Exterior walls can be finished with a wide variety of materials and techniques. And seeing as they are the first line of defense against the elements of nature, you should be well informed to make the right decision.
Walls can be cladded for aesthetic purposes, or for texture, bringing out color and adding character to the building’s exteriors.
However, the use of the wall cladding isn’t limited to just providing a great look and adding an extra layer of decoration to the architecture. If done in a certain way, cladding can help make your walls soundproof, provide thermal insulation, protect against rain, storm, and harsh weather.
A large number of external wall cladding materials can be used and choosing the correct material can and should take some time, considering how important it is.
- Brick Cladding – It offers impressive durability as well as some degree of aesthetic appeal. Bricks are resistant to fire, require very little maintenance, and can last for decades. However, it is a costly option because its installation is labor-intensive. It is also resistant to rot and mold.
- Stone – natural stones like granite, slate, and limestone are used to clad walls. It is lasting and requires low maintenance. It provides a natural look and texture to the walls, but the initial cost is high.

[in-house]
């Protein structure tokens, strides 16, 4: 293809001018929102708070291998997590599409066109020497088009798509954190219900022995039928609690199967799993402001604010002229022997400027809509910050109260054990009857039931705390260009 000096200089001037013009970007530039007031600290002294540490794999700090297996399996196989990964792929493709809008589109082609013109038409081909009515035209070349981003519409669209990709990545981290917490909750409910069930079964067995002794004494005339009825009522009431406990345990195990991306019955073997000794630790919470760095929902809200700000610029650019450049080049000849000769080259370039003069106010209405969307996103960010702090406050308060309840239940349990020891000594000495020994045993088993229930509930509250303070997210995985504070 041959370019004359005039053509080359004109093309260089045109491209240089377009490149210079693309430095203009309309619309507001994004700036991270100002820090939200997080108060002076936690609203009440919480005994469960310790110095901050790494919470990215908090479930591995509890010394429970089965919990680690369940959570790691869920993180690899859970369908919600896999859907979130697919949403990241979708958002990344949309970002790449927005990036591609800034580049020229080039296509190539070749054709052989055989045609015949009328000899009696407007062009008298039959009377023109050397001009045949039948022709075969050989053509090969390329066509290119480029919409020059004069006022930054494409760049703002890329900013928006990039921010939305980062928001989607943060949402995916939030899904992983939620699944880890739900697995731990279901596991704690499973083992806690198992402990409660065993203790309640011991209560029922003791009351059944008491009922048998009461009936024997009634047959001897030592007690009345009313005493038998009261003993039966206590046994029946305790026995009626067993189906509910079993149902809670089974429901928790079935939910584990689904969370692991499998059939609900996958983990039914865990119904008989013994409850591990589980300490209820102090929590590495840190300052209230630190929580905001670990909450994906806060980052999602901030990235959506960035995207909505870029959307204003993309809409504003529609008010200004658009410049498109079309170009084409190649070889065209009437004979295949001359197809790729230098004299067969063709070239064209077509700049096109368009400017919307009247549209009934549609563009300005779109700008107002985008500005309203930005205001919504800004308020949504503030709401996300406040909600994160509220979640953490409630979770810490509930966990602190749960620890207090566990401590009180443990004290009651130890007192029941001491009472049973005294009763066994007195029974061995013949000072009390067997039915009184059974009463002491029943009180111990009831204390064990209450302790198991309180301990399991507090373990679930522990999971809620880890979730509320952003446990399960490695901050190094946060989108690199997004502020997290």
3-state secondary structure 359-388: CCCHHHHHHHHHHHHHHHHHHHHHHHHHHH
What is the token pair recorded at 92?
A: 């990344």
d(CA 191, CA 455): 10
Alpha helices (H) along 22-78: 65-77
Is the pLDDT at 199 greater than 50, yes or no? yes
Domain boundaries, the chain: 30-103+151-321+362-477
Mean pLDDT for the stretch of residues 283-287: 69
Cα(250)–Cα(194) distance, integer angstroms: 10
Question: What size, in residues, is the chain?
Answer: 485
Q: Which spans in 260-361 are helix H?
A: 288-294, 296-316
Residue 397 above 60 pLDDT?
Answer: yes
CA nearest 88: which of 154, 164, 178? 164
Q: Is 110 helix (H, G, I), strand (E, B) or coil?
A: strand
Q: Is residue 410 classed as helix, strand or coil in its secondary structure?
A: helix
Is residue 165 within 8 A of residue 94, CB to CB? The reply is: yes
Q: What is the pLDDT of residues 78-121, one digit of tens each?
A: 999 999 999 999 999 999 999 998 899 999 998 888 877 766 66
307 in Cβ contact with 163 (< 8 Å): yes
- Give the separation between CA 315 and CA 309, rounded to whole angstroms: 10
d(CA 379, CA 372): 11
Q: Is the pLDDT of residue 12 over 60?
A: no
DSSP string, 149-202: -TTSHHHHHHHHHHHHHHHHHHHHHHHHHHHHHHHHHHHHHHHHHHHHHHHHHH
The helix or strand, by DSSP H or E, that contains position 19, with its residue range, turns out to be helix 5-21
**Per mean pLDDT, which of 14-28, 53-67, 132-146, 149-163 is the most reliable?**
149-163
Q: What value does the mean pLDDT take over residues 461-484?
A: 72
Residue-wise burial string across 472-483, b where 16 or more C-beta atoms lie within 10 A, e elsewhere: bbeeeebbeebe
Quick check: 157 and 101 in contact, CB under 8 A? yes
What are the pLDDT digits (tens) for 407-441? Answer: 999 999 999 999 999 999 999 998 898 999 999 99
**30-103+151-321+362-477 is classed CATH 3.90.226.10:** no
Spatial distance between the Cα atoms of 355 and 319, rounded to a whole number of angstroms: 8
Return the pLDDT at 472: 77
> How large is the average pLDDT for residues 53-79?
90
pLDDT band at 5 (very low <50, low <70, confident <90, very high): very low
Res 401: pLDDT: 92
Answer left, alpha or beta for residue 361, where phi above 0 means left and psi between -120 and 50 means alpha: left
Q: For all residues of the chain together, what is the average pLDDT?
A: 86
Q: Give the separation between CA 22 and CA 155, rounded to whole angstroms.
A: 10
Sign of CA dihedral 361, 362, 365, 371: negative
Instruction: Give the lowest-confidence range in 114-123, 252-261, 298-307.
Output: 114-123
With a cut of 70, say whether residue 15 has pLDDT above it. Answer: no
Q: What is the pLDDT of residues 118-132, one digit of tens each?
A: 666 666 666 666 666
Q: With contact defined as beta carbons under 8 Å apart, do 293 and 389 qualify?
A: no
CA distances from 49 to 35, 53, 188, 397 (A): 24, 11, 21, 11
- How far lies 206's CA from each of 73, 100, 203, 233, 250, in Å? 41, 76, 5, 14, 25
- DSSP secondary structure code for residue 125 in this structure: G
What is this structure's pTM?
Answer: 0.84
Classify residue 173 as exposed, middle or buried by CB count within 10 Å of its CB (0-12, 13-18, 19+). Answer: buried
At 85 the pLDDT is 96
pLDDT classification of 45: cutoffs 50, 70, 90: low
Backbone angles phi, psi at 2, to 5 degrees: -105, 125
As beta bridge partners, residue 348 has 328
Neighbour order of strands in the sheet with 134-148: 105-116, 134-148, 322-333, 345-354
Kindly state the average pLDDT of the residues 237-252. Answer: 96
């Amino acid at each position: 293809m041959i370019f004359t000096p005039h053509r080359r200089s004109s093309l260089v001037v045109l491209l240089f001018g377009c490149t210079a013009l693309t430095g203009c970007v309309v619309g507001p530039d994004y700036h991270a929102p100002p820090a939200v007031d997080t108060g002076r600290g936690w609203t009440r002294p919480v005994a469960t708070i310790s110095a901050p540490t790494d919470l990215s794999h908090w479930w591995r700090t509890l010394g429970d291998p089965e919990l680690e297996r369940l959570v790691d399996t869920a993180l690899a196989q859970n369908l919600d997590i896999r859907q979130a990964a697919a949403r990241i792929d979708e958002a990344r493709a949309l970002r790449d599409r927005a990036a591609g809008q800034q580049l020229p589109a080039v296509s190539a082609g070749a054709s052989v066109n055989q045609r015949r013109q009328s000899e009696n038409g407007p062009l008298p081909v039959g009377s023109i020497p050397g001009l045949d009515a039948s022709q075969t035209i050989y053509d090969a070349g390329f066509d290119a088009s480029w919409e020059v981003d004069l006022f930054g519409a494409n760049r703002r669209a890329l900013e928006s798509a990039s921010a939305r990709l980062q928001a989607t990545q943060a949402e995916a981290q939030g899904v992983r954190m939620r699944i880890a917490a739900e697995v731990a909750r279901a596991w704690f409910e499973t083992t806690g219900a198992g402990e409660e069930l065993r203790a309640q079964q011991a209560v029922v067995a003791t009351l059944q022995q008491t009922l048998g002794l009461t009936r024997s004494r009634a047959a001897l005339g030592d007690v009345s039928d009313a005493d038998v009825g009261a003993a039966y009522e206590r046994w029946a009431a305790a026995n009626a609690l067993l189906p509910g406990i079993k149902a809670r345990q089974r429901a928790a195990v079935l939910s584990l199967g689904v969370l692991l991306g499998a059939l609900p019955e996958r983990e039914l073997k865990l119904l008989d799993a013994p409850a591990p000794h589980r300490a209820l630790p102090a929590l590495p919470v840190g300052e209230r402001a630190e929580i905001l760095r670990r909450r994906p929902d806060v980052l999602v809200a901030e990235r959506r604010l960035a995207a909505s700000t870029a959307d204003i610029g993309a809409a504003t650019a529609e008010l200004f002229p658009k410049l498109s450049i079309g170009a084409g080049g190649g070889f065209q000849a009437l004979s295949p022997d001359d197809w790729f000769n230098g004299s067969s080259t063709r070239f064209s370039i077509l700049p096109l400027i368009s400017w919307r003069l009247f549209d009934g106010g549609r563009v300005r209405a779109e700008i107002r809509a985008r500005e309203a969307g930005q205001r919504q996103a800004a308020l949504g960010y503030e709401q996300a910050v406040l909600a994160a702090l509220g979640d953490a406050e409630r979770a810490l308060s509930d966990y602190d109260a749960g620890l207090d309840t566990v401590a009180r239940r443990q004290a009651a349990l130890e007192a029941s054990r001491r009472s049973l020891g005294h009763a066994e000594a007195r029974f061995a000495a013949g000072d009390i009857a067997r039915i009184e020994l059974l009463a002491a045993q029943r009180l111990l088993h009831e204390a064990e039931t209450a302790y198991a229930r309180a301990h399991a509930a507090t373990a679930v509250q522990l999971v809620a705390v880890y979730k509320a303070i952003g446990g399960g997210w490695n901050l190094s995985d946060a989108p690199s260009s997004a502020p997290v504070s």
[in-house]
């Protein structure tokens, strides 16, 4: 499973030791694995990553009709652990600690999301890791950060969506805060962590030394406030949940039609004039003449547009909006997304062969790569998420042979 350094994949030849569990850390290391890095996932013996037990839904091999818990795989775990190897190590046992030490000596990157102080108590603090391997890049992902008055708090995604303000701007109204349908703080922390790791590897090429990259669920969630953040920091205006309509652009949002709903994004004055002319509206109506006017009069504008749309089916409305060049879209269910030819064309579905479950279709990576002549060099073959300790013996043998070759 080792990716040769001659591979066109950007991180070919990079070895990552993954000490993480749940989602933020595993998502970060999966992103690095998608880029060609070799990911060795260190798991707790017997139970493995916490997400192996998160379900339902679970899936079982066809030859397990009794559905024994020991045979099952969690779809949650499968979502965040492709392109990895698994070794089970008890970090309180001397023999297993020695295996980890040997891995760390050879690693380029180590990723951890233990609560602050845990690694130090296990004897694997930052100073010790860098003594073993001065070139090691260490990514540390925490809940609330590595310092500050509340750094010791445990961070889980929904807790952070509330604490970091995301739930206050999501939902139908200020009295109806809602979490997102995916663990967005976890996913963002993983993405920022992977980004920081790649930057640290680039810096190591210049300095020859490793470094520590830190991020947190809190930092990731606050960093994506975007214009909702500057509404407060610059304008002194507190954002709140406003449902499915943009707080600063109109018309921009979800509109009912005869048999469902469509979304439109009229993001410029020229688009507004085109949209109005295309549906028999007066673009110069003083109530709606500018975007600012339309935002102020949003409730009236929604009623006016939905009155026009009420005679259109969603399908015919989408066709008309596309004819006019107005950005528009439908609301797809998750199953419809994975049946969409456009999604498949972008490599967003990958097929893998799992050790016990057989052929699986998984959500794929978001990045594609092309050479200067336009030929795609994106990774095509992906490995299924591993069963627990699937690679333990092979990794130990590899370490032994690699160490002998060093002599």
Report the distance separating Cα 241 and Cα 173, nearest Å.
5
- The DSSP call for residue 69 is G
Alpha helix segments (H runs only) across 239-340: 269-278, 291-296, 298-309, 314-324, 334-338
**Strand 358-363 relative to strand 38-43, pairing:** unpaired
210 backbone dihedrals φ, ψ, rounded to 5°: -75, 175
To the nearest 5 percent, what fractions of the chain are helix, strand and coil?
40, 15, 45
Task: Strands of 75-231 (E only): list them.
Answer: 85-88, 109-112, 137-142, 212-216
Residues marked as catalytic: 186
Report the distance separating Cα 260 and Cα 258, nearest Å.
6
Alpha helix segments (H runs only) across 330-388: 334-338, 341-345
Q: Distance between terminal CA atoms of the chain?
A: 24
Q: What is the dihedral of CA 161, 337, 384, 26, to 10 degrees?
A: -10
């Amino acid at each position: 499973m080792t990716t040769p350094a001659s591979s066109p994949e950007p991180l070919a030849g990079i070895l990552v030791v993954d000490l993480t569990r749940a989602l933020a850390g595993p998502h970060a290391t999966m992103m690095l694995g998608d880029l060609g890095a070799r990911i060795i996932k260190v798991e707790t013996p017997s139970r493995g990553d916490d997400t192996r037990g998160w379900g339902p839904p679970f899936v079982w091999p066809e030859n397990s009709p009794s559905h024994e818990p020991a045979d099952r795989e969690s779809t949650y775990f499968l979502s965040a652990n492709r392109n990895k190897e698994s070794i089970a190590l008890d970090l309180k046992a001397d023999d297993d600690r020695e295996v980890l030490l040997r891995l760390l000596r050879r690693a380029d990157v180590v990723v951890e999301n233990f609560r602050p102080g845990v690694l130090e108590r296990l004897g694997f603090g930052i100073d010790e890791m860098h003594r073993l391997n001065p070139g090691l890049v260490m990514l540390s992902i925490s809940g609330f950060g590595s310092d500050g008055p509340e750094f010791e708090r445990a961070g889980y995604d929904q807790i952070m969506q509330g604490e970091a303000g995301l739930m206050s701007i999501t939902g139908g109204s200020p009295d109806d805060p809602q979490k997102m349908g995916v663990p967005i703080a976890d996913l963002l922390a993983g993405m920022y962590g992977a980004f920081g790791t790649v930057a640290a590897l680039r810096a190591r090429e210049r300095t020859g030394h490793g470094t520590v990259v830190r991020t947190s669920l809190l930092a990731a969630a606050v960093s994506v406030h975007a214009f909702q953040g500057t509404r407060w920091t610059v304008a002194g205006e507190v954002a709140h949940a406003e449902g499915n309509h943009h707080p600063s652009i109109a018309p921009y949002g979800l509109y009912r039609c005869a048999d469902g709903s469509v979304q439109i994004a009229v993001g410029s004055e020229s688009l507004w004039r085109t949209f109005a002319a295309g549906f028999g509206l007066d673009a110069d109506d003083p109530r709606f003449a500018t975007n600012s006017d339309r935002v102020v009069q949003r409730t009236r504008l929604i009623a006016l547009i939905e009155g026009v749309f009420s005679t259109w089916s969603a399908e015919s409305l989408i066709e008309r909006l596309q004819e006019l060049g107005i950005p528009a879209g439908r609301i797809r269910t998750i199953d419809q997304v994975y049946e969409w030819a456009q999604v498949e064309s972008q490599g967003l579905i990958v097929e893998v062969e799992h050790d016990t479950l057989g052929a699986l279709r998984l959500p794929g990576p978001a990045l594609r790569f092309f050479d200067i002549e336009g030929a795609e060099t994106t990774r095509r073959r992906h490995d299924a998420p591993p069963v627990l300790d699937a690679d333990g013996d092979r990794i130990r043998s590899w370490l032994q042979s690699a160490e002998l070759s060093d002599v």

- Wood – A sustainable finish and prized for its natural aesthetic appeal. It is easy to cut and shape, as well as to install. Additionally, it comes in a wide variety of grades and species. However, without diligent maintenance, it wouldn’t last long. It is also prone to rot and termites.
- Engineered Wood – Although it is made from composite materials, it imitates the real thing exceptionally well. It is available in several styles and textures and is cheaper than real wood. It is also strong enough to tolerate harsh weather conditions. However, it is new to the market and isn’t completely reliable.
- Concrete – A simple mixture of sand, gravel, cement, and water, in certain proportions, can create a durable home exterior that can last hundreds of years. It is fire-resistant, and can endure floods, hurricanes, and tornadoes. The only downside is that the cost of installation is high.
- Metal – Metal is durable and can outlive most of the other materials. It is fire resistant, pest resistant, and does not rot or mold due to water damage. Depending on the metal used, however, it can be expensive, may corrode, and change due to exposure to weather.
There are many more options available in the market and the list above is a small one that discusses only the ones that are widely used. The decision should be made after due consideration, and after thorough research.